Sunday, May 3, 2009

Two Chicks on The Road-Part 2-From May 2008

It never felt so good to be dry and warm as it was when we shed our dripping concert clothes. We snuggled into our beds, grabbed our burgers and turned on the TV, not really expecting much in the way of weather information since it was pushing 1am. Not only were the local stations still in the midst of wall to wall coverage of the stormy weather, they were showing dark images of storm ravaged apartment buildings on the city’s east side. What would later be determined to be an F-2 tornado had formed over Indiana’s midsection, touching down in Indianapolis and causing damage like this.
This is a photo submitted to the Indianapolis Star by Tyler Merrick. Daylight would find several people homeless and 65,000 people without electricity. Seventy mile an hour winds had toppled trees and injured eighteen people. By Tuesday the damage estimate would be up to $29 million. We didn’t know the full extent of the damage when we went to bed that night or when we left town the next morning, but we knew enough to realize we were very foolish to stand out in the middle of a driving storm for a concert, even if it was Clapton. We felt very lucky…and a little stupid.

We slept in the next morning, exhausted from all the excitement and the drive. We laughed at how old we’re getting and how we just can’t road trip like we used to.
Thelma: “You awake?”
Louise: “I guess you could call it that. My eyes are open.”

We rolled our creaky selves out of bed and onto the highway by 11am, planning a leisurely drive home and a nice meal along the way, the meal we never really got the night before. We quickly got an hour behind because of road construction on the edge of Indianapolis, but grabbed a bite to eat and made it to the Kentucky border in reasonable time. We estimated we had about three and a half hours left to travel. We were wrong. Outside of Louisville, we were flapping our gums and missed an exit that each of us has taken dozens of times. Since we weren’t traveling with a GPS and an automated voice did not shout, “YOU MISSED YOUR TURN!” and all of rural Kentucky looks about the same, we cruised along blissfully for another thirty minutes or so until we saw a sign that said “Horse Cave”. Horse Cave??!! (Insert swearing here.) We also passed a sign that indicated we were pretty close to the Tennessee border. (Insert more swearing.) Immediately we realized our mistake, but we were too far down the interstate to turn around and had no choice but to keep moving forward and figure out how to get back to the mainland.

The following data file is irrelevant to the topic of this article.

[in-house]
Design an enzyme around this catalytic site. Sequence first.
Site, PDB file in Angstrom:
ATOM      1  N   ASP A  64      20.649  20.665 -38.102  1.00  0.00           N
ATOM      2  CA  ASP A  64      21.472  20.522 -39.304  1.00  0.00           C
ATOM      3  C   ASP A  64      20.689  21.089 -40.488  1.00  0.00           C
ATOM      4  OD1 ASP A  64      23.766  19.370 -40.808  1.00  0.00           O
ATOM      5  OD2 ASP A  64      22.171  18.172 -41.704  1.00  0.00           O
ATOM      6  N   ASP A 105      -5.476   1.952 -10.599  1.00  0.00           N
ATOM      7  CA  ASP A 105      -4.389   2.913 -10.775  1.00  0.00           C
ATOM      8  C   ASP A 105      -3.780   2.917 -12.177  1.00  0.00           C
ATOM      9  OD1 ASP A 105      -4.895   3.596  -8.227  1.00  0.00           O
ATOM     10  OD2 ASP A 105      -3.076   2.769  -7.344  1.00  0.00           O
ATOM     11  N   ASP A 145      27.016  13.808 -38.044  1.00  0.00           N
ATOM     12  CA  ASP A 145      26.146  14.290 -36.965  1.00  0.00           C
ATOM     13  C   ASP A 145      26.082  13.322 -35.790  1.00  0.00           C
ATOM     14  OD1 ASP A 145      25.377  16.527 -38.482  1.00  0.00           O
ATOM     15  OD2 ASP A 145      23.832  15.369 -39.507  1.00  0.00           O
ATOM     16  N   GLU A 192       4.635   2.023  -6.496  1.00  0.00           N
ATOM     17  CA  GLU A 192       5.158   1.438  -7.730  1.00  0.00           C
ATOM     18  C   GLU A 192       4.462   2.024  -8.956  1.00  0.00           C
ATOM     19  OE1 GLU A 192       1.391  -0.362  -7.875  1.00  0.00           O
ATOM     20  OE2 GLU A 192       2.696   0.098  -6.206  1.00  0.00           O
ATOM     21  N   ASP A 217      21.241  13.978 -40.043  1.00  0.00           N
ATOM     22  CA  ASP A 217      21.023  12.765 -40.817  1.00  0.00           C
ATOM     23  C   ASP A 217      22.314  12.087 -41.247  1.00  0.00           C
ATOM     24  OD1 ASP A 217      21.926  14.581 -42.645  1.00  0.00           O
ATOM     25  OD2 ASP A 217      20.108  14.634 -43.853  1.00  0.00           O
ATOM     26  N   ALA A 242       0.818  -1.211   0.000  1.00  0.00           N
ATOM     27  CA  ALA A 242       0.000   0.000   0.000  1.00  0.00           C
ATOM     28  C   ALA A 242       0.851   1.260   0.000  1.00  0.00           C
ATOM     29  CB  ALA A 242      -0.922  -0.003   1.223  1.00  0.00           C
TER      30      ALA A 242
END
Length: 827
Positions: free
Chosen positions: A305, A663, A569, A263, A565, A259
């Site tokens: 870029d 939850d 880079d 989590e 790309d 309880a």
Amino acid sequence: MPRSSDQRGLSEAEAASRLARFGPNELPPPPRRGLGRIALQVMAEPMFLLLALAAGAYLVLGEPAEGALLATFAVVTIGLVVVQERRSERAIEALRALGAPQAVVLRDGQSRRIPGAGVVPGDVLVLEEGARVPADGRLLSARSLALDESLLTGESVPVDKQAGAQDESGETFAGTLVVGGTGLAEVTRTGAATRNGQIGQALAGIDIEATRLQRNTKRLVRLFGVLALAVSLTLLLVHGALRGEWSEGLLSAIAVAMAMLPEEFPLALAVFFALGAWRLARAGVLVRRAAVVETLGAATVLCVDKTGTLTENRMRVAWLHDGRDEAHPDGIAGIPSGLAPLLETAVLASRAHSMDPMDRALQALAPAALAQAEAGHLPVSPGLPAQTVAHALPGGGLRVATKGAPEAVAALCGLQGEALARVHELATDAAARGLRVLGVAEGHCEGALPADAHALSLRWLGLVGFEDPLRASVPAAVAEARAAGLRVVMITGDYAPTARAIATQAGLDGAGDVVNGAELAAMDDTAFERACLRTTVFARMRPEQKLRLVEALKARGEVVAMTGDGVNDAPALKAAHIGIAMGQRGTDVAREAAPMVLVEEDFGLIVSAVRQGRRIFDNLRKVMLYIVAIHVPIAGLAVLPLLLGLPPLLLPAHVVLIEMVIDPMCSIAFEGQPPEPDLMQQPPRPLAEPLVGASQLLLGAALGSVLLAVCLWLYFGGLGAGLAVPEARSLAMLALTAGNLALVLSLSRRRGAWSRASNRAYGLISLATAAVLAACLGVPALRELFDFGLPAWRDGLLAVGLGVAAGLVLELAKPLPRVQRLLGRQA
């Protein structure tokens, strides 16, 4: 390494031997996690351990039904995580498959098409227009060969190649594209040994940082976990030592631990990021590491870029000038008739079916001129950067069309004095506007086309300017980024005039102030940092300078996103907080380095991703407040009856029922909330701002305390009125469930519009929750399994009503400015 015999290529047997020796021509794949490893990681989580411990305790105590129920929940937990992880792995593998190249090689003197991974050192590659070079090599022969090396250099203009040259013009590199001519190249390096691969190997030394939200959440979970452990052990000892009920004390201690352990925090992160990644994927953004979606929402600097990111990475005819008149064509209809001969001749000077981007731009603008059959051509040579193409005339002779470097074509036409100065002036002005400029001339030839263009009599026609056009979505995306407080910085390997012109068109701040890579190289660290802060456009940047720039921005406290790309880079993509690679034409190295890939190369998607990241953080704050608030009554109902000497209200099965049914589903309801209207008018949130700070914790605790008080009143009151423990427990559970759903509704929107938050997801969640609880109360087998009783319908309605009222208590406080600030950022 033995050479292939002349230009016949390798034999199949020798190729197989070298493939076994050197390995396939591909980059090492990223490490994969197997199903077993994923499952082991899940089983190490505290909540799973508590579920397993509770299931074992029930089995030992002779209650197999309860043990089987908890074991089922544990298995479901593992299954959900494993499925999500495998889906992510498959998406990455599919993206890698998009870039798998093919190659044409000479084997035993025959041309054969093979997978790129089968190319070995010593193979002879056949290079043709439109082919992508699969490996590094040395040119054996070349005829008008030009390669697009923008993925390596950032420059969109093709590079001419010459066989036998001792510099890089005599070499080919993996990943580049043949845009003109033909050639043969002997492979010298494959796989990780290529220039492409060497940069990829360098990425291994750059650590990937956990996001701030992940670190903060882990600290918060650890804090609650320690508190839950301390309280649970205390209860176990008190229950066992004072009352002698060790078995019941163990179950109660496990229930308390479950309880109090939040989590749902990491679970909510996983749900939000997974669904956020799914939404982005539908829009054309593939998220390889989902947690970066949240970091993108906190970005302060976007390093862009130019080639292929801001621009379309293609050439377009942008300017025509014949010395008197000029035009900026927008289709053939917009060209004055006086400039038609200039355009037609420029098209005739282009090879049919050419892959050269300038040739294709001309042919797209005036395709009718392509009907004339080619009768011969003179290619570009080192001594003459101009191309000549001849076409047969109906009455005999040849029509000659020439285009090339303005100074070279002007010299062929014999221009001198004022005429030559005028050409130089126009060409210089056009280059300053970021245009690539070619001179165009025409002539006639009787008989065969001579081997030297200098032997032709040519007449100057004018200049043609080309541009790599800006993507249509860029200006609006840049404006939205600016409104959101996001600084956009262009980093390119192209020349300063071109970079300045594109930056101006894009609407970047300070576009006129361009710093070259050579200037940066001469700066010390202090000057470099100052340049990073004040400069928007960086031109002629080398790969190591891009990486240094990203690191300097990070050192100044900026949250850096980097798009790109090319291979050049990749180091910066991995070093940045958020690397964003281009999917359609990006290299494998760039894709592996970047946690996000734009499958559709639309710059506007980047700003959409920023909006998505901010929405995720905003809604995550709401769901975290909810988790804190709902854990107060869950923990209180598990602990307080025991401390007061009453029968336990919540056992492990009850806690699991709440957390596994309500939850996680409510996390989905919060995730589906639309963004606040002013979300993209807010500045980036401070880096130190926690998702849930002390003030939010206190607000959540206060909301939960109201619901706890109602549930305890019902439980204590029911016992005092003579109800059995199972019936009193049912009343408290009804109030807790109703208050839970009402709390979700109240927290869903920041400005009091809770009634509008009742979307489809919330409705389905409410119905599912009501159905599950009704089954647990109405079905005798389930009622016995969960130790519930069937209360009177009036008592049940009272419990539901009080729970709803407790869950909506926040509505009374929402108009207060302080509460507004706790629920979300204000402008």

Louise: “Well, we’re not in the middle of nowhere, but we can see it from here.”

Since we were traveling without a map (I know, I KNOW) we had to stop at the nearest wide spot in the road for directions. That stop ended up being this place.
Yes, Sissy and I went to Mammoth Cave, which is nowhere near where we needed to be. Let me know when you’re finished laughing. Mammoth Cave…it’s right next to Dino-Land and close to absolutely nothing else. We wheeled into the little tourism office, checked out the big map on the wall, took a Kentucky map with us (just in case) and headed off in a new direction. The drive was complicated by the fact that I had promised to take Teen Angel to a very important birthday party when I got home, and what was expected to be a five hour drive when we left Indy was now going to be more like seven and a half. We shall not discuss how many traffic laws we may have broken trying to get home. Let’s just say we were in “s*** and git” mode. We didn’t shoot anybody, but we were as watchful for the law as Thelma & Louise, sliding in between two other cars when we flew past that state trooper. Teen Angel kept texting and calling us, asking if we were close. “Um, no. Not really.” “Why not? Where ARE you?” “It’s a looong story. I’ll explain later,” I said. We finally squealed into the driveway in time to get Teen Angel to her party a fashionable forty minutes late. She wasn’t TOO upset. As Sissy said, no one wants to be the first pea in the dish. We were worn out, embarrassed to share our Mammoth Cave story with the rest of the family and glad to be home. We got plenty of eye rolls and questions about how we could possibly miss a turn we’re very familiar with. But we had a blast. Oh, and we WILL be buying a GPS soon, one that shouts “YOU MISSED YOUR TURN!”

Was it was worth it? Yes! It was worth every raindrop, missed turn and bump along the way. I’m okay with the unexpected. It makes life interesting. Eric Clapton was wonderful, and Sissy and I have some memories we will laugh about for years to come. I can’t think of anyone I’d rather stand out in the rain with.
Thelma: “Louise, no matter what happens, I’m glad I came with you.”


Supercop said...

You make the family proud.

janjanmom said...

Clapton, F2 tornadoes, wet in white, Mammoth Cave-some girls have all the fun!!

Next time, take me with you!!! I promise I will wear dark colors and I won't "butt-dance" while singing.

Trailboss said...

What a great story. I'm surprised that yall didn't go ahead and see the cave while you were there!

Missing turns and getting lost....oh, I am all about that stuff. I once attempted to take myself and Stephanie to the KY Lake beach from Mayfield and ended up near Hoptown. Yes, true story. But you know what, she and I had a great time talking and laughing too. So sometimes a wrong turn can lead to great memories, just like you said.